Twenty years from now we will look back at the transformation in the housing profile of London over previous decades and wonder how it happened and how come something so dramatic happened with so little public policy response.
The consequences are with us already, of course, and the case for action is pressing.
I’m working with the mayor of London on shaping his blueprint for better private rented sector laws and I am delighted to do so.
I am also celebrating the passage into law of my own Homes (Fitness for Human Habitation) Act which became law at the end of March.
This was a rare case of a private member’s bill originally opposed by the government making it onto the statute book.
It will address one of the challenges faced by renters, that of unfit housing which compromises their health and even safety. But there is more to do.
London has been grappling with a severe housing crisis, defined by shortage and affordability, for many years.
The change has been rapid and significant, but what does it mean and why does it matter – questions I try to answer in Capital Gains, a new Fabian Society report.
First, private renting is usually not a preferred choice, particularly over the long term and certainly not for families with children.
Fewer than 6 in 10 private tenants in London are satisfied with private renting as a tenure.
Satisfaction levels are fairly high when renters are asked about their own property, but not when the question relates to the tenure itself.
Second, there is a serious problem of affordability. Since the mid-noughties, the cost of private rented accommodation broadly followed changes in earnings across England.
However, the reverse was true in London, where the National Audit Office found private rents rose by 32 per cent, twice the rise in average earnings over the decade.
London’s poverty profile has changed in recent years just as its housing pattern has. The two are closely connected.
Workless households, especially those affected by disability, remain at risk but the rise and rise of in-work poverty, of poverty amongst private tenants and of poverty in the suburbs represents a real change.
To add to the pain, landlords are increasingly reluctant to let to tenants on housing benefit or, now, universal credit, with ‘no DSS’ practices coming back into the picture.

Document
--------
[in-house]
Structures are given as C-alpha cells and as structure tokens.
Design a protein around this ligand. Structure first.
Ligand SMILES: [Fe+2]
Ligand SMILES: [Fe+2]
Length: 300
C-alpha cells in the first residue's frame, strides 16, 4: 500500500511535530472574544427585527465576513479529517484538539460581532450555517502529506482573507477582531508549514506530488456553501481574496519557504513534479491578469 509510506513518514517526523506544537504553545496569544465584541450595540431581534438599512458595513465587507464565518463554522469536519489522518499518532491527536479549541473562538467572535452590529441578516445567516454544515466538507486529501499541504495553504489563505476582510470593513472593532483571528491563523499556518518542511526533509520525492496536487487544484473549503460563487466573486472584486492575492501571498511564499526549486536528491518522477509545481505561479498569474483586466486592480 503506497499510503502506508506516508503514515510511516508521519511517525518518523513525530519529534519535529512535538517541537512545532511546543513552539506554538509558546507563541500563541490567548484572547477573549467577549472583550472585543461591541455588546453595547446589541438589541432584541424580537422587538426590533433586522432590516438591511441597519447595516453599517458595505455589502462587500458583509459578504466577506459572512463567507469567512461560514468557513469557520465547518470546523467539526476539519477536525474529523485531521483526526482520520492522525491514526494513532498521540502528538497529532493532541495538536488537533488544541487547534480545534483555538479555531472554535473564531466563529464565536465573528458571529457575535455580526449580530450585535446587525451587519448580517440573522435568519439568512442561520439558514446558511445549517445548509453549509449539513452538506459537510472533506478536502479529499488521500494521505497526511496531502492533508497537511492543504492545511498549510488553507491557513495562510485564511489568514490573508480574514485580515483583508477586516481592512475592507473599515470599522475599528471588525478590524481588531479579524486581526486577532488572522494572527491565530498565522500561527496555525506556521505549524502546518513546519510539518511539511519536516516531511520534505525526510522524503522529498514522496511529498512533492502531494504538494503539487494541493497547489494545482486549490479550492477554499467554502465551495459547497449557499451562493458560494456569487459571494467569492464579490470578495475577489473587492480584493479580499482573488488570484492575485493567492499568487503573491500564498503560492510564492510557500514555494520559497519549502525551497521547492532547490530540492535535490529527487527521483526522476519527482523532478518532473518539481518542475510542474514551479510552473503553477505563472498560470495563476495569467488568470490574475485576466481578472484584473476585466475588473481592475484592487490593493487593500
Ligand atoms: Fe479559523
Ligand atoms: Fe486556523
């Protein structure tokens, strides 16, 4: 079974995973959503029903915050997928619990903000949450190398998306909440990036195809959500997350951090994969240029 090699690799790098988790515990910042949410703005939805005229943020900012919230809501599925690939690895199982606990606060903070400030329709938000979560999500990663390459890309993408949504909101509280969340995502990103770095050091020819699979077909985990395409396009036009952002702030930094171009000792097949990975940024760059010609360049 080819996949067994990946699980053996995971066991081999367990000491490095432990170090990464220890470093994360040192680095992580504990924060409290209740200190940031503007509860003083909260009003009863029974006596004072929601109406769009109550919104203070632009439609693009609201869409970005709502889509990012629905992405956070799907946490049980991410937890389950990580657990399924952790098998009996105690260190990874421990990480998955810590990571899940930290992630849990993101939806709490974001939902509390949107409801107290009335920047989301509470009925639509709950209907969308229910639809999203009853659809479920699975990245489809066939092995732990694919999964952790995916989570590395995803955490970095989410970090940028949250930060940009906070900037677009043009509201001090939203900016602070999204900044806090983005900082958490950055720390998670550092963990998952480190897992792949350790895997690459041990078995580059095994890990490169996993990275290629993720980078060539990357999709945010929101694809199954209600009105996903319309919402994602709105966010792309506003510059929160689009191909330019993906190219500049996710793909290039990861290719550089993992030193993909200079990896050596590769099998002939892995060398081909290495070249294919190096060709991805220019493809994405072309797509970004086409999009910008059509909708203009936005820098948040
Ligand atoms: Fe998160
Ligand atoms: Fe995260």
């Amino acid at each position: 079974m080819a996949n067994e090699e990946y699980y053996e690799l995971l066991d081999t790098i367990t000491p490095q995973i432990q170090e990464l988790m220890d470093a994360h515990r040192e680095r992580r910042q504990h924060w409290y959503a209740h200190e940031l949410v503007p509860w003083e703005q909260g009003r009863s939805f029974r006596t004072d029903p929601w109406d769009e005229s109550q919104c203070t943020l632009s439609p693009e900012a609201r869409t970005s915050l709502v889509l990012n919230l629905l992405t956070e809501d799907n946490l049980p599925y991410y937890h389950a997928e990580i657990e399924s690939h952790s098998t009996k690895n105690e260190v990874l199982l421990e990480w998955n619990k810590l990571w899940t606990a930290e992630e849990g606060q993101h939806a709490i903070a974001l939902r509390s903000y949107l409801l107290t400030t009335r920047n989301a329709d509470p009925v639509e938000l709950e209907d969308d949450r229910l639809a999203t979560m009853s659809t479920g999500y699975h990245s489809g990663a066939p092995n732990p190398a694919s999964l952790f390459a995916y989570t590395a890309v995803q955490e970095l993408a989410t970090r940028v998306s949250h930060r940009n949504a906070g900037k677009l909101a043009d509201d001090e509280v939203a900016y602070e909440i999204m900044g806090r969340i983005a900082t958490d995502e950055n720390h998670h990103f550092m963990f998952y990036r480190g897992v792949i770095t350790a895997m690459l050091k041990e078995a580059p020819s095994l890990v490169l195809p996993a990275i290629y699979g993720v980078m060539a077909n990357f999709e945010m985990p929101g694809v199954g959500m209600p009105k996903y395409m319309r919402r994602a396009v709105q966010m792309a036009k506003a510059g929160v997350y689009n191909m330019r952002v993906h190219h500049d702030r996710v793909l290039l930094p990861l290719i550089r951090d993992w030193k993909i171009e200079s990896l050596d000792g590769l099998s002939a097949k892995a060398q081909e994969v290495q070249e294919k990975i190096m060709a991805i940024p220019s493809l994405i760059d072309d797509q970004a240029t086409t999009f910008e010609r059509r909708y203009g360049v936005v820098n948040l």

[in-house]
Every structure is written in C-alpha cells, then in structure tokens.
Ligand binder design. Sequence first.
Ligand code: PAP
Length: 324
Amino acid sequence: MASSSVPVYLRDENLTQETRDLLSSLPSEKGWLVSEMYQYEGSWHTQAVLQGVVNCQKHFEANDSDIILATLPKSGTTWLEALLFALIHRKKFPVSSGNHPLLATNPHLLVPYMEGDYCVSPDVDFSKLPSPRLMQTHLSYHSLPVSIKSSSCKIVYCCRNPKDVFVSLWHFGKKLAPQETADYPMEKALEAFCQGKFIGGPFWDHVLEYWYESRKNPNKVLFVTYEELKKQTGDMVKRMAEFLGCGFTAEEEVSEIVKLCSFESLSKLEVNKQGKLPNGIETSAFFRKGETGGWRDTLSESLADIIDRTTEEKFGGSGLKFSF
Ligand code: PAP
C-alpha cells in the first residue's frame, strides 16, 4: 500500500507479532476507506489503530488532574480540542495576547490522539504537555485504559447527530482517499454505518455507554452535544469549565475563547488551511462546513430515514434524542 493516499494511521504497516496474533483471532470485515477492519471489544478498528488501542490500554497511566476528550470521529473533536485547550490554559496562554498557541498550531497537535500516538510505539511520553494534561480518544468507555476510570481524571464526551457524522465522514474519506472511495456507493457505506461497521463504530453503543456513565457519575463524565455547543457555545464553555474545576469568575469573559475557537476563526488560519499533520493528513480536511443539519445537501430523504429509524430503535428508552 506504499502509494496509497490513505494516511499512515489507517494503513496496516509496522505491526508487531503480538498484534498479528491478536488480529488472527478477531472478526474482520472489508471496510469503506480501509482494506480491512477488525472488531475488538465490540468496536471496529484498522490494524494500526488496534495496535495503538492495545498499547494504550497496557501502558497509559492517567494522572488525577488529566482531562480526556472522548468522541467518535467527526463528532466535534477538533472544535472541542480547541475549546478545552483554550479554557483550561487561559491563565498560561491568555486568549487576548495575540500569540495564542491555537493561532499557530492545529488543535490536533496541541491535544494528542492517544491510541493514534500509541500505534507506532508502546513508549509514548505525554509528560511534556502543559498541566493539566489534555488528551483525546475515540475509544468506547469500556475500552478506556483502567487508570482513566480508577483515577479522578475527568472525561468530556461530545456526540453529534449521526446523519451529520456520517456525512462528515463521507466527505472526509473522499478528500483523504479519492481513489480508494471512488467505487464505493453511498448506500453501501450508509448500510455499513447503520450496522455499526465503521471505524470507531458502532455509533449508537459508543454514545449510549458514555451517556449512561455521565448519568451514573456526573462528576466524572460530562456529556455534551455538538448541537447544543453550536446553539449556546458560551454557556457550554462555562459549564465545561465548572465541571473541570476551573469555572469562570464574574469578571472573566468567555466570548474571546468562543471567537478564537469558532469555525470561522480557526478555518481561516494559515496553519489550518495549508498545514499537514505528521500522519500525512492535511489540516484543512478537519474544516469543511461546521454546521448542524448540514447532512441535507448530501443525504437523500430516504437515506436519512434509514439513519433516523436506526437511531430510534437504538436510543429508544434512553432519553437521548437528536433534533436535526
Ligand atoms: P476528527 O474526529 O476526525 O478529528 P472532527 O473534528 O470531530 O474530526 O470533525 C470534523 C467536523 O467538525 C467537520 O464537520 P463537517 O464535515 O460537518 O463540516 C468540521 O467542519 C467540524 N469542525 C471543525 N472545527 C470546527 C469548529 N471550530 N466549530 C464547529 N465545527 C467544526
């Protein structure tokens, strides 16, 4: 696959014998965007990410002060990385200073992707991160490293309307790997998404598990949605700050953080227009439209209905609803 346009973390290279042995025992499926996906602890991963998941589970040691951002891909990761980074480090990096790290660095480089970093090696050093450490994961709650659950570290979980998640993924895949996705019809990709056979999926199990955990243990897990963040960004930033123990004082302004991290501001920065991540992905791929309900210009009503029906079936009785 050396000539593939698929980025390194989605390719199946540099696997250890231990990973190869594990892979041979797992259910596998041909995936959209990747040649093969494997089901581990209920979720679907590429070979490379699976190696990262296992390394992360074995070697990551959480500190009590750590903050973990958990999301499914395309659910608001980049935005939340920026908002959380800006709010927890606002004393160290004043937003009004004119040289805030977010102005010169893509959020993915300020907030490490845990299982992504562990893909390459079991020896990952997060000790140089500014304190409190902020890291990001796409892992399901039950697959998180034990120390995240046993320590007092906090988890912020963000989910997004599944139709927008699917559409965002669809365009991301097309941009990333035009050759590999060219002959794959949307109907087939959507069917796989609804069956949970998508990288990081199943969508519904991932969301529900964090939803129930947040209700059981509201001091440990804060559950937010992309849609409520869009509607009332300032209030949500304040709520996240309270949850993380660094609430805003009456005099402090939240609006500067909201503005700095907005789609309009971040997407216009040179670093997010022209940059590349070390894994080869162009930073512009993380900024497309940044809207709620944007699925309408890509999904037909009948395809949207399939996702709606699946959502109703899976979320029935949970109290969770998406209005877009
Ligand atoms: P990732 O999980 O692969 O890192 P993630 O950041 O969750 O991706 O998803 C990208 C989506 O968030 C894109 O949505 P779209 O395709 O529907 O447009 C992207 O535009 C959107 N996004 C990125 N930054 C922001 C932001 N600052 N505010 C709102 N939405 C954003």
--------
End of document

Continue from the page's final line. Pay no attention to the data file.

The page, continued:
Even if we chose not to worry about the tenants, we should be concerned about the housing benefit bill which comes to some £22bn.
Third, as people are renting privately for longer they are reducing their prospects of being able to save for a deposit.
It is understandable and right that we focus on the housing affordability crisis but in the interests of a healthy and well- balanced city we should also be concerned with sustainable home ownership.
Fourth, private renting is insecure and of variable quality. The PRS has the highest proportion of substandard dwellings of any tenure and its growth as a sector has a wider social impact which is not yet properly appreciated.
So, what to do?
We need to formulate a response which reflects the reality that experiences of private renting can be very different depending on who you are.
A low-income family reliant on some support from housing benefit will not experience renting in the same way as a young professional whose ownership hopes are deferred.
The big picture will involve some major choices about taxation and housing investment because the affordability and supply question underpins everything.
London needs 65,000 new homes a year overall, but we need to do much better at building social housing in particular, which will almost always be a better option for those on the lowest incomes and the more vulnerable groups.
The growth of the ‘build to rent’ sector can have an important role if done well – institutional investment in private renting has been long promised but is only now beginning to happen.
Firmer regulation is needed to limit the loss of rented accommodation to short-let platforms like Airbnb, with 60,000 properties listed (by no means all illegally, of course) in London alone.
We need to know where renters are, too. We know so little about the PRS and a register for London landlords would be invaluable.
For renters themselves, a starting point needs to be security of tenure – something which featured in previous Labour manifestos and which even the current government is considering.
Scrapping section 21 – the basis for ‘no fault’ evictions – would, with certain safeguards and balances, create open ended tenancies and offer much needed stability.
Renters also deserve protection from excessive rent rises and it is very good news that Sadiq Khan is committed to supporting rent control laws as part of his vision for London after the 2020 mayoral election.
We are in the midst of the most profound transformation of housing status in the capital for generations. Rebalancing our housing stock will be a huge and challenging task that must be undertaken.
Today, however, we must act to change the rental culture and tackle the pressures of affordability, insecurity and quality which are having such a profound impact on our city.
Source: Left Foot Forward
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